That's enough for now and check back later in the weekend for back-test results from the Watukushay Expert Advisor.
Saturday, March 20, 2010
It was an active week for the God's Gift robots. On Monday GG GBP/USD picked up 23 pips on a buy trade pushing it to a new equity high for the year. On Thursday, it lost 70 pips on another GBP/USD long-side trade. On Friday, it collected 45 pips on a GBP/USD sell trade. Overall it was a wash and the robot lost -0.2% for the week.
God's Gift EUR/USD pulled out a winning trade and picked up 7.5% for the week but remains down -2.9% for the year. Daniel Fernandez also pointed out in a comment on my previous post that a similar robot is available for free here so i'll be doing some back-testing of that system as well.
On the Megadroid side, the demo account had another good week and picked up 16 pips. So far it is exceeding my 1% per week goal and is up +16.2% for the year. But the live account continues to dissapoint and picked up exactly one pip (90 cents) for the week. What bothers me is that the Megadroid demo was in the same trade but pulled out 6 pips!
So i'm clearly dealing with a case where the robot is good, but is somehow being messed with by the broker. As i've pointed out before, the live account is with Forex.com, and the demo account is with FXDD. So attempting to compare the data feeds is pointless since they are from different brokers.
In a post last week, I setup a pair of EA's called Trade Copier in an attempt to copy trades from the FXDD demo account to a new Forex.com demo account. That effort was unsuccessful and the demo didn't take any trades. I dug into it and did find the signal processor was writing files to the target MetaTrader root folder, but didn't find any evidence of the trades being picked up by the signal processor. To remove any possibility of symbol mismatch, I switched the signal processor to an FXDD account, so now both the signal processor and signal provider are FXDD. Perhaps that will clear up the issue, we'll find out next week.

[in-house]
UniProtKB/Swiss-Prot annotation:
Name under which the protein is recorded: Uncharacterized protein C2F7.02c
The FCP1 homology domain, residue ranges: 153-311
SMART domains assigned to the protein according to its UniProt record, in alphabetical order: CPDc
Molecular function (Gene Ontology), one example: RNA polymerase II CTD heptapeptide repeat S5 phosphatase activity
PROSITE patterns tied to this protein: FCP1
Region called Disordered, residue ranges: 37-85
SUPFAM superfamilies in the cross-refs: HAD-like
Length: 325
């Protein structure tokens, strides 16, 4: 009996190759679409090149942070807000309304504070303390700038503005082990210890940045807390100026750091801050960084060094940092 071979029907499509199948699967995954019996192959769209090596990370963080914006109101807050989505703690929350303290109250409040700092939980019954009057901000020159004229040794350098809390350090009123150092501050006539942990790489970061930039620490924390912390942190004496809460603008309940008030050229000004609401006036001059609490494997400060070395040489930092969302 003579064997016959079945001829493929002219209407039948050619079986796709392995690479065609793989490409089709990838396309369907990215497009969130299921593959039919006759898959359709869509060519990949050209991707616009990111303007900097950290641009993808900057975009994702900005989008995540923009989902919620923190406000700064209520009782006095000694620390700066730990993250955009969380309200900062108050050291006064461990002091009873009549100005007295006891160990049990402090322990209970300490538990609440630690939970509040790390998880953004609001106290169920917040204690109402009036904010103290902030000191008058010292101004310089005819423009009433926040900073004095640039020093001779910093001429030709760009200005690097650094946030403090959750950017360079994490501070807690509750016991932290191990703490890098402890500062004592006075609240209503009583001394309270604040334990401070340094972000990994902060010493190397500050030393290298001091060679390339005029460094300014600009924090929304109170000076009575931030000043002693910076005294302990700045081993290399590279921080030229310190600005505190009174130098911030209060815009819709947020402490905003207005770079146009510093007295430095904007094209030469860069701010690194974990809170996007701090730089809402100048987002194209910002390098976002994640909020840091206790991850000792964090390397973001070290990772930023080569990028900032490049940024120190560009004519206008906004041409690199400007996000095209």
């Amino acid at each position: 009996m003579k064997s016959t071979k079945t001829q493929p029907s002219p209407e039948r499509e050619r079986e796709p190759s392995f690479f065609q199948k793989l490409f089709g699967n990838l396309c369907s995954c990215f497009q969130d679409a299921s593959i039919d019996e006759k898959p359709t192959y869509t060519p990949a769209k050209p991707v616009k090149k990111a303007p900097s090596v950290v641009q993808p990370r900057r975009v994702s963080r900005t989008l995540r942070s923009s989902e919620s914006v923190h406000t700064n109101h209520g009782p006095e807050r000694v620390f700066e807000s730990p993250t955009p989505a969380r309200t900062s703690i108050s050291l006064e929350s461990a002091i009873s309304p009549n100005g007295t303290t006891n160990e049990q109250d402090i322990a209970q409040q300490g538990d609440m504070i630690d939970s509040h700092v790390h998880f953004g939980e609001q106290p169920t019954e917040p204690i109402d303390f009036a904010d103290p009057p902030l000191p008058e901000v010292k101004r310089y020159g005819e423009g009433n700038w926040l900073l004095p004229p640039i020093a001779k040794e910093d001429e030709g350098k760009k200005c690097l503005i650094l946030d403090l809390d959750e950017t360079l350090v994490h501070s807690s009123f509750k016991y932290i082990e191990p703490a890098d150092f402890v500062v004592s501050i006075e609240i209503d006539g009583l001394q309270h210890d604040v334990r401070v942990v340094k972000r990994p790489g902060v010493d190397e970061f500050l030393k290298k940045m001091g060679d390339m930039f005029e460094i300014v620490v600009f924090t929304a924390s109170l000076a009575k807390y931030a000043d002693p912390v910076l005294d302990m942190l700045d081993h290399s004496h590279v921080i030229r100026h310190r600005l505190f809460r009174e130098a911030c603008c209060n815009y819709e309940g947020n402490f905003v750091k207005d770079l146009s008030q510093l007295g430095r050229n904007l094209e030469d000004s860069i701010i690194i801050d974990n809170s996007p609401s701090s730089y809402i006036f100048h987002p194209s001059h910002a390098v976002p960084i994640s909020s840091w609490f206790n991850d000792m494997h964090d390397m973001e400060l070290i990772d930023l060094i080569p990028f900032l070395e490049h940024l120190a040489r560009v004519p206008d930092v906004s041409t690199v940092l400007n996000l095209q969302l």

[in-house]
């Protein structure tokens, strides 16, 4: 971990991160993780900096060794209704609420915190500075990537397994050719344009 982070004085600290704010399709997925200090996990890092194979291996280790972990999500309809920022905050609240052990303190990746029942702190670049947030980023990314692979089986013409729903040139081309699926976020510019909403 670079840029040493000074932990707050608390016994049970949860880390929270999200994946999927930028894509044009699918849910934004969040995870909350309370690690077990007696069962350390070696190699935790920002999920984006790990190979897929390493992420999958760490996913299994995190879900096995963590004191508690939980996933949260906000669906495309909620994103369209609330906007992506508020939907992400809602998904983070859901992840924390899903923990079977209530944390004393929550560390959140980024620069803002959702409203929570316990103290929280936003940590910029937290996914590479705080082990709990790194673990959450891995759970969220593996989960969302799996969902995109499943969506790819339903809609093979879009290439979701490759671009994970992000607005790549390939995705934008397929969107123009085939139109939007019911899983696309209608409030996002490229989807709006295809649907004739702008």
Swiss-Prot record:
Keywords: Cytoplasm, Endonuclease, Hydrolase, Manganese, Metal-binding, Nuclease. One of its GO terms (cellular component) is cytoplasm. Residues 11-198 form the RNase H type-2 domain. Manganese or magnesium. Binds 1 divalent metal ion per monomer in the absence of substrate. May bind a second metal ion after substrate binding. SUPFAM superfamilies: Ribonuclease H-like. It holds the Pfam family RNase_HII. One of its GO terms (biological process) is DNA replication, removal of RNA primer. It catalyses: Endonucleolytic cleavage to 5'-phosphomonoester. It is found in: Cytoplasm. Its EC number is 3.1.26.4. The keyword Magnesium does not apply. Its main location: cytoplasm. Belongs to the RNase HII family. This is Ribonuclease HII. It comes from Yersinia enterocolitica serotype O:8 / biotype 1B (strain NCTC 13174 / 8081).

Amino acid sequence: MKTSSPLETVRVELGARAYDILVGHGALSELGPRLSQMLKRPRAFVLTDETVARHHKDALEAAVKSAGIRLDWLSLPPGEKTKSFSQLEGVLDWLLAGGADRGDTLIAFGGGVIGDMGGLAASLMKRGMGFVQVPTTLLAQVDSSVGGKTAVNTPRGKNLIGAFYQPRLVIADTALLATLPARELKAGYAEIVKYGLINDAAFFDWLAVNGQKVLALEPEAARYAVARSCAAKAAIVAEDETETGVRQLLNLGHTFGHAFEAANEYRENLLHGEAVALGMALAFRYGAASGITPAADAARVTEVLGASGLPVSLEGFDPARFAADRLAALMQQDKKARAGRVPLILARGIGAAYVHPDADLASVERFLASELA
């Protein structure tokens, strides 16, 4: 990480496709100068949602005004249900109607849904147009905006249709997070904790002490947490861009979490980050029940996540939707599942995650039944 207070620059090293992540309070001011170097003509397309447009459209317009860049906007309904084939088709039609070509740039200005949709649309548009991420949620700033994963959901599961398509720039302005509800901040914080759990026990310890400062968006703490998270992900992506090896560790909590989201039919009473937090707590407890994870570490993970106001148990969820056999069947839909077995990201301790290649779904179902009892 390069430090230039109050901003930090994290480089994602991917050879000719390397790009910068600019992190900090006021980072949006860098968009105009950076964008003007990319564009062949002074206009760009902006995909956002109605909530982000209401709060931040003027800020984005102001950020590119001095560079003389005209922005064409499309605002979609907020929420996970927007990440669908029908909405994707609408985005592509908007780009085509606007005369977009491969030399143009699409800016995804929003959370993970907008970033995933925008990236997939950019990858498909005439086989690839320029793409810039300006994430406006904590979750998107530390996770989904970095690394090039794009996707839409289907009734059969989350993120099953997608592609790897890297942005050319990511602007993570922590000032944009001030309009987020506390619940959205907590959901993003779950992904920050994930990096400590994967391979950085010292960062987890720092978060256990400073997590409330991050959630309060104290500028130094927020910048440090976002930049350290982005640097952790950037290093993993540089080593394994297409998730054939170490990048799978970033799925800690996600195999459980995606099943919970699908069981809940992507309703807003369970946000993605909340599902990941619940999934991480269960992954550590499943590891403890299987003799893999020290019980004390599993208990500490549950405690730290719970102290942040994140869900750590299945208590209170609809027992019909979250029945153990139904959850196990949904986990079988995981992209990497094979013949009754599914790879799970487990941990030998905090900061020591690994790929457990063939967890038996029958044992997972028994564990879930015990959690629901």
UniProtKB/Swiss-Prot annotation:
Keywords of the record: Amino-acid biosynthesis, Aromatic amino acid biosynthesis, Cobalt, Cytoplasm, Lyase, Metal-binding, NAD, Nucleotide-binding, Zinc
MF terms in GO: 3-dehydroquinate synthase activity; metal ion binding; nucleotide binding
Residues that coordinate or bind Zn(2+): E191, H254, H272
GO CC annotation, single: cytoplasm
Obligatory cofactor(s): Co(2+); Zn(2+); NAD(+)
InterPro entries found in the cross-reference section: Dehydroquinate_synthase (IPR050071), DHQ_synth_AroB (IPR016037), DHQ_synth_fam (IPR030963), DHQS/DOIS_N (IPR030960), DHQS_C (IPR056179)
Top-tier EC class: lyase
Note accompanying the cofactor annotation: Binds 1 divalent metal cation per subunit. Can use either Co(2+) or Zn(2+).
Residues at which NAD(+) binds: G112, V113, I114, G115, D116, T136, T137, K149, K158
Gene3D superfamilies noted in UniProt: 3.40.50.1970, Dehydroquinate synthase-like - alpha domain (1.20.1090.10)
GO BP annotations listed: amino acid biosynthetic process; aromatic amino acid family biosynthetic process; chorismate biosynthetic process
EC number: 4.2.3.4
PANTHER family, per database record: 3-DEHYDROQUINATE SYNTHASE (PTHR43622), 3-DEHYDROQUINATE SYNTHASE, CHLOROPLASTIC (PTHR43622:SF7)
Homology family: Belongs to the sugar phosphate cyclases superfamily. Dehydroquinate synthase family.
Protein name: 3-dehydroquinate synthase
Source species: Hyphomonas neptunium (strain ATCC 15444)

That's all for now, enjoy your weekend.
Thursday, March 18, 2010
A while back, I back-tested the God's Gift EA's provided by Daniel Fernandez as part of his e-book on Automated Forex Trading found here. I didn't blog about it because I thought in some way I would be infringing since Daniel offers a paid web site where he monitors performance of his robots.
But I figure since I already sprung the $18.95 for his e-book, why not share the results? All publicity is positive right? Well, its almost-always positive, but I do I firmly believe that if you don't have anything positive to say, don't say anything at all. Besides, where else can you get a long-term profitable EA for less than 20 bucks?
Anyway, the results are good against GBP/USD and the the system averaged 30% a year for the last 10 years with only one loosing year. Drawdown averaged about 26% and was less than the profit for most years in the test. Starting in the year 2000, a $1000 account would have grown to about $3,700 after 10 years which averages out to about 10% a year. Also, God's Gift GBP/USD is up for the year in forward demo testing as you can see in the upper-right hand corner of this blog.